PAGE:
Bernini made the portrait bust now in Copenhagen when he was just 23. My experience sketching from it was one of those times when I was really far off in my initial placements of things, but not so far off that I thought I needed to quit the drawing. The forms of the sculpture, and their interrelationship, …

Copenhagen, Thorvaldsen's Museum

During my time in Stockholm in June 2016 I did not get to look at art as much as I would have liked. The State Museum was closed and a temporary exhibition of work from the museum was poor, as described in a previous blog post. So I decided to take a day trip back down to Copenhagen, the previous stop on my travel itinerary, to revisit a museum I had explored briefly.
The travel itself sounded interesting. I had not taken any long-distance train trips when I was in Europe, since I was able to book cheap and fast air travel from city to city, so I thought it would be fun to see what a European train trip would be like.
It was a long day of travel, starting with a bus ride from the apartment to the train station at around 5 a.m. Since it was midsummer it had already been light for a couple of hours. The sun was not visible in the sky yet, but as I waited for the bus everything was lit with the weird, reflected, sourceless light that is prominent in my memory of Stockholm. 
The train to Cop…


Torso of Aphrodite, Roman copy of a Greek original
As I mentioned the other day, I was disappointed in the art viewing opportunities in the Stockholm city center. But a short distance away, in the town of Lidingö, I had a very pleasant afternoon at Millesgården, the home and studio of Swedish-born sculptor Carl Milles (1875-1955). Milles made monumental public sculpture, conveying spiritual and philosophical content with bold, modernist forms. Below is a photograph that I took when I was there, of one of his sculptures, The Hand of God.

Milles collected classical statues, several of which are on display at Millesgården. I stopped to sketch from a few of them. The practice of constant daily drawing, that I had been keeping up throughout my trip to Europe, was starting to feel a little rusty, due to lack of opportunity in Stockholm. So it was wonderful to have such great artwork to study there. Milles’ own work I found powerful, but I prefer what I see as a more nuanced subtlety of cla…

Life Studies

Drawing from the life model has been very helpful for me. In that process there is an ongoing influx of lots of new information. The model's pose may accidentally change slightly over the course of the session. I see, and sympathize with, a living person getting into, holding, and getting out of a pose. And as I work on the drawing I usually see errors in my initial judgements, but since I like to draw in pen, I have to adjust, rather than erase, my drawing, to respond to new information.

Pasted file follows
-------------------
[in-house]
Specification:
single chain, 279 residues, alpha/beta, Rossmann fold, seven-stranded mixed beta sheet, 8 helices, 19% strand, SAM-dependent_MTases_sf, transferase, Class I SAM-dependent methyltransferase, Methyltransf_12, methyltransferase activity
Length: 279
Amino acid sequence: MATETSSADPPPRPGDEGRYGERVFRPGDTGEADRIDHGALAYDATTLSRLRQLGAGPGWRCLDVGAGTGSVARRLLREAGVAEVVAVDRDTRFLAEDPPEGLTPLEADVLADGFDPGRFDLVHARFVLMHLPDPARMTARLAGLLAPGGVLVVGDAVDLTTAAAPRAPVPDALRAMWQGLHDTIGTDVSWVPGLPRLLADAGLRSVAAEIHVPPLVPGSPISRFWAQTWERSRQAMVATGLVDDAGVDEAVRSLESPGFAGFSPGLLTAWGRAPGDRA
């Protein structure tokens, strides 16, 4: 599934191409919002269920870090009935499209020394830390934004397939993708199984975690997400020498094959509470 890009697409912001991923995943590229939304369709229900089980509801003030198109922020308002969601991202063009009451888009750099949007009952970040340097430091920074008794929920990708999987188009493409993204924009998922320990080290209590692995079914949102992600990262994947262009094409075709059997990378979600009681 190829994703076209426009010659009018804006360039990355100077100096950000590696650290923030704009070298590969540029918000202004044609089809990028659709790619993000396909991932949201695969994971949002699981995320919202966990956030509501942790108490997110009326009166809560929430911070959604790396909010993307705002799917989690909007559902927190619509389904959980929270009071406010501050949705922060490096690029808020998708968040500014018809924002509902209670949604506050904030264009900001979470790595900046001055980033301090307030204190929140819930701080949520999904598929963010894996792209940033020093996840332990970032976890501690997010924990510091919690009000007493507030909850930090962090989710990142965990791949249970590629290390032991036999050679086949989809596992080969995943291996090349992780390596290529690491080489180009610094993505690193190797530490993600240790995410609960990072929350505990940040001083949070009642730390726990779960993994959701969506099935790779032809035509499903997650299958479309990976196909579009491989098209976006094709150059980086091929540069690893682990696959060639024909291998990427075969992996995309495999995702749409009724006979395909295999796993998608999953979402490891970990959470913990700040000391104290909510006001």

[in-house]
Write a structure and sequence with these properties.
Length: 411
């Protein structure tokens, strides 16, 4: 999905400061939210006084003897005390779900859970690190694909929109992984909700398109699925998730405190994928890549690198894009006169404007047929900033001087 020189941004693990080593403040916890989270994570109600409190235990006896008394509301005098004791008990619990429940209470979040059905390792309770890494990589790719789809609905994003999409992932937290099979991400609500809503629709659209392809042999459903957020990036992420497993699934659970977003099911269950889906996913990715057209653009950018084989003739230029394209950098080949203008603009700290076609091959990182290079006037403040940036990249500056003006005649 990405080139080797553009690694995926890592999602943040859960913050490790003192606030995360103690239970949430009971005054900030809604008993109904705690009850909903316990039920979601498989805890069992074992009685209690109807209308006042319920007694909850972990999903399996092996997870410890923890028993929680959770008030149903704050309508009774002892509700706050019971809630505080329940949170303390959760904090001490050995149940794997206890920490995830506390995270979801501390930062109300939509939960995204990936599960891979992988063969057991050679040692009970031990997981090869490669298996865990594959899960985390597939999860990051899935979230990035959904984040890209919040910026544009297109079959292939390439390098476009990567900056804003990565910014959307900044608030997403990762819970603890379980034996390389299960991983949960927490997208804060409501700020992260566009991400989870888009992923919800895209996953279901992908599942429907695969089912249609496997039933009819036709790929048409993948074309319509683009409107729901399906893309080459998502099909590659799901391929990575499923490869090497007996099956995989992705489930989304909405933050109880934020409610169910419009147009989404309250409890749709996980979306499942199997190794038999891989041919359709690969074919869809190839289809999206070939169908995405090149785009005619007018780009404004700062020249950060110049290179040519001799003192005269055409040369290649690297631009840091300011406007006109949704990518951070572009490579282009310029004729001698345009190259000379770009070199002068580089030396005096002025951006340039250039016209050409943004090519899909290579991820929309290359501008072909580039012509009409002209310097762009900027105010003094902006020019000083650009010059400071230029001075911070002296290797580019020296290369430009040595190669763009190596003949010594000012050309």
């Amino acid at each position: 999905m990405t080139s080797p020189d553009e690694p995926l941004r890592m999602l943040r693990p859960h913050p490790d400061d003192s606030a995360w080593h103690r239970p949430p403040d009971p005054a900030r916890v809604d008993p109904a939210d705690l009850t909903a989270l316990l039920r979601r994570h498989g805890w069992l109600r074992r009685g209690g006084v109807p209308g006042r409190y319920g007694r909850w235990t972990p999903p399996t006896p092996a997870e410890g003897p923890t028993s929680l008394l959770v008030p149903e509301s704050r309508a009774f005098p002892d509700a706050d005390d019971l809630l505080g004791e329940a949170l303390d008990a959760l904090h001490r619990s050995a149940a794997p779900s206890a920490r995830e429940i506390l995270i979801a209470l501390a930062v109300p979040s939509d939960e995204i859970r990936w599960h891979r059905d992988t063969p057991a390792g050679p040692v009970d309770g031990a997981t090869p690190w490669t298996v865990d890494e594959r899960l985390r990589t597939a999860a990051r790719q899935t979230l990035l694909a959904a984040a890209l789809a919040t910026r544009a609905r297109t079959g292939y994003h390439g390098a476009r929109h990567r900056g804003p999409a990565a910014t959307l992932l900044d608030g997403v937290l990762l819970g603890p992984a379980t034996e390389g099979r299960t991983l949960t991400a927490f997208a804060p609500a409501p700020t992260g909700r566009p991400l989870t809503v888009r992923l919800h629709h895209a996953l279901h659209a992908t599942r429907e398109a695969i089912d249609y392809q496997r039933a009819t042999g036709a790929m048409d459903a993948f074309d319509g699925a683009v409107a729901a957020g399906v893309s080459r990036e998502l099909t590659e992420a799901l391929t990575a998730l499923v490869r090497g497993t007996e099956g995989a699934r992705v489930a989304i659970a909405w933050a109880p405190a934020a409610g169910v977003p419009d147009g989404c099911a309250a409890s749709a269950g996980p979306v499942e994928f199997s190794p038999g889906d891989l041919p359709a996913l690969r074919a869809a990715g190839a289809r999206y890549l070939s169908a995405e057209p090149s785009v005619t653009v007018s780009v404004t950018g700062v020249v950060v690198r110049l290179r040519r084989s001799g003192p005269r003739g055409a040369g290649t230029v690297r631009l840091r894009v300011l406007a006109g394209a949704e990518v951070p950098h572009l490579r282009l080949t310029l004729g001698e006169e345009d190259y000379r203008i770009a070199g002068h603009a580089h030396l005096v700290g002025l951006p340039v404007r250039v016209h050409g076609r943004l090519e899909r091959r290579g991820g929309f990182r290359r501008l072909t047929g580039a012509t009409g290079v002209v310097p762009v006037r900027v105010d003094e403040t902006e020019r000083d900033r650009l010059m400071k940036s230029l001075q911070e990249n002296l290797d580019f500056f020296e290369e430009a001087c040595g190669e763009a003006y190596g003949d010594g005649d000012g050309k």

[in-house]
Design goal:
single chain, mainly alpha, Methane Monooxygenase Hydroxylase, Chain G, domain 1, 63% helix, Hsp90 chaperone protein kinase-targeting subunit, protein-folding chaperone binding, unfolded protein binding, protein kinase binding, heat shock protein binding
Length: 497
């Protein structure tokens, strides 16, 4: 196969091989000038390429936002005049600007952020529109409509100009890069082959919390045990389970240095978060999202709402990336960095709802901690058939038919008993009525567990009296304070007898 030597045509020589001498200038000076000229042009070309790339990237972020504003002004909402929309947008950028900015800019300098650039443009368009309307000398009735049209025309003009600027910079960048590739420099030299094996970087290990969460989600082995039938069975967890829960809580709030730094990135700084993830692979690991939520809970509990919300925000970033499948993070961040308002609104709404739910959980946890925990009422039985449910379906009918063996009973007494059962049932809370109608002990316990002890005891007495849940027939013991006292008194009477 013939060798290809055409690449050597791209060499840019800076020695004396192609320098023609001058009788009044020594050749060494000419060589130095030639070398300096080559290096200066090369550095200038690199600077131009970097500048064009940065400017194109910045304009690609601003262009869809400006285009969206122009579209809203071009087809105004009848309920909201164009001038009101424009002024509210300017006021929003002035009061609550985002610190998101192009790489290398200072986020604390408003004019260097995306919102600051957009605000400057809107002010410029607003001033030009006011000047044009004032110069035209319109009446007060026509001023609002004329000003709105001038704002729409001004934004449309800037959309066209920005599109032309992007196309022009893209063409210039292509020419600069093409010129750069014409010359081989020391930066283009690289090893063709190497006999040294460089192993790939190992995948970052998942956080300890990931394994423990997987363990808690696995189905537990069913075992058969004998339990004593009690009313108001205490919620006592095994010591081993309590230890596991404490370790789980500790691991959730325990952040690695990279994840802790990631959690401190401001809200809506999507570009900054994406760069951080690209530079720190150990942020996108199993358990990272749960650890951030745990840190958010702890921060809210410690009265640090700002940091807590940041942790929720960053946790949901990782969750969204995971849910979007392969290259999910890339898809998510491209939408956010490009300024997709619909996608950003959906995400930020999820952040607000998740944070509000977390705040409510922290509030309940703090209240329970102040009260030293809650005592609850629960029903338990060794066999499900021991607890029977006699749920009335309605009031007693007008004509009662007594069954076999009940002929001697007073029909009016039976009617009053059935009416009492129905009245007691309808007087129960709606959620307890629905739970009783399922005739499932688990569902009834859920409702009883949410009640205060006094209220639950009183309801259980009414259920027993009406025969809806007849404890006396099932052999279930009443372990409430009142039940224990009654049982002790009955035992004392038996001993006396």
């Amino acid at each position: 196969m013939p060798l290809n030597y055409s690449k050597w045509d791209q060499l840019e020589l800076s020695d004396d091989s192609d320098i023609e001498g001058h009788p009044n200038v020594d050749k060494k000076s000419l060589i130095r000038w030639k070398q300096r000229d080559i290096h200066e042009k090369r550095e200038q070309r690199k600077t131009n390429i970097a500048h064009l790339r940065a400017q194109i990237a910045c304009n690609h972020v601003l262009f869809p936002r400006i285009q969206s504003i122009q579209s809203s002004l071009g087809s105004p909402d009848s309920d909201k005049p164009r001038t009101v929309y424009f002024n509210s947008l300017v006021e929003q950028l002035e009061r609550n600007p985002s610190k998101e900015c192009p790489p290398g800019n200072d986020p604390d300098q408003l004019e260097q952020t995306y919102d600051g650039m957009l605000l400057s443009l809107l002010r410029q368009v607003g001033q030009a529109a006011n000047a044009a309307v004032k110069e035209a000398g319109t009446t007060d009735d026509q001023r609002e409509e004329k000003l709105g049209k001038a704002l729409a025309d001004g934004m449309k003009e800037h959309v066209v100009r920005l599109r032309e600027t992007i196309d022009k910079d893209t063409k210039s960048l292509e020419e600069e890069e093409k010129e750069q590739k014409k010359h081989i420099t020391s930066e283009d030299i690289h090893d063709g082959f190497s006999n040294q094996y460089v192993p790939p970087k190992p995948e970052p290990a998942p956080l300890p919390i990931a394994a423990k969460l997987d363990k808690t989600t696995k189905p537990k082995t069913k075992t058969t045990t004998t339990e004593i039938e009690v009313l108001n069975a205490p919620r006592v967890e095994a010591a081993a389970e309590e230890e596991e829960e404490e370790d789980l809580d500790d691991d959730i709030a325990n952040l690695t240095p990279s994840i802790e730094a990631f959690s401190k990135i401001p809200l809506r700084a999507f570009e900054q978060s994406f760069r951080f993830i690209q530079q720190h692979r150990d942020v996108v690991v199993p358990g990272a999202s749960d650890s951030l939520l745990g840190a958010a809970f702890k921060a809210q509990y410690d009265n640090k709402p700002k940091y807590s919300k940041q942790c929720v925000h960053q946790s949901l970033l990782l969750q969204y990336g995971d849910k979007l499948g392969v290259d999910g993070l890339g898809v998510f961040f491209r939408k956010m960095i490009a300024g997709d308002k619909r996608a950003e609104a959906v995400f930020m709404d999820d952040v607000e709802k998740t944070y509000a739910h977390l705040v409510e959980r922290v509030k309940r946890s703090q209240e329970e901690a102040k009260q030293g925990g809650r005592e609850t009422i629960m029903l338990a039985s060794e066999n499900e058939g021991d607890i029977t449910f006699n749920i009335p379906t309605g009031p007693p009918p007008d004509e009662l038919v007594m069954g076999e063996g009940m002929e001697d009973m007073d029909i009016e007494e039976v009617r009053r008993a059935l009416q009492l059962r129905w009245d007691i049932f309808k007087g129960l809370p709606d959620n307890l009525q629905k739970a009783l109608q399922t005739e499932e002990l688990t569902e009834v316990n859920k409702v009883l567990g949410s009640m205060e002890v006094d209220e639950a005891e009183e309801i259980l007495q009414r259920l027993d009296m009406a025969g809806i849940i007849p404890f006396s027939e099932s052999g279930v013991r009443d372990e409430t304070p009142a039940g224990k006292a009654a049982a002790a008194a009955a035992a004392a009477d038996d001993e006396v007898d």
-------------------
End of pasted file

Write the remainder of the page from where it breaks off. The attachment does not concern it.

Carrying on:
Drawing from life, a lot, helps to get the forms and rhythms of the body into memory. Since we all operate from bodies I think it helps to have something of an intuitive sense of how forms are going to develop, interrelate, express themselves, and move. So the resultant artwork can describe a fuller experience. If I can draw more freely, worrying less about making the forms, more of what I am thinking about can be expressed unimpeded in the drawing. This can happen through practice.

Stockholm, Baby and Bath Water

July 4, 2018
The drawing above is from my trip to Sweden, in June 2016. I spent a total of 9 days in Stockholm, enjoying the beautiful city, but missing looking at art. The State Museum was, and still is, closed for renovations, although I think it is opening in a month or two.
The museum in Stockholm being closed was why I had been able to spend some time with Rembrandt’s great Claudius Civilis in Amsterdam. The Swedish government lent it out to the Rijksmuseum, so people could see it during the renovation. It looked right at home at the Rijksmuseum, at the end of the great hall, to the left of the Night Watch.
By the way, there is a political bit at the end of this blog post, so if you want to avoid it, please don’t read the last paragraph.
In Stockholm there was a temporary exhibit of work from the National Gallery, held in the Academy of Design building in a few makeshift rooms. For the sake of trying to clarify an issue I am thinking of, I’ll be blunt, and say that it was a poo…

Warning: Political Content

This is a photo I took in Toronto last year. I loved how, in the cities that I visited in Canada, everyone seemed to get along with each other, and was encouraged to do so. On fliers, posted anonymously on public fixtures, on official government posters, in videos on inclusiveness that were playing in the Montreal metro, I saw decency promoted as normal, and practiced widely. People who looked different from each other engaged in relaxed conversation.
Yesterday morning I went to a rally protesting the Trump administration’s immigration policies. The rally was held at the courthouse. It was very hot and sunny, but there was a good turnout, and there were some effective speakers.
I was just looking, unsuccessfully, for a quote by the painter Philip Guston that I remember reading, about art and politics. I think that the quote was from around the time Guston was making his shift from abstract expressionism to the great cartoon paintings he did in the 1970’s. The Vietnam War was on, and Gus…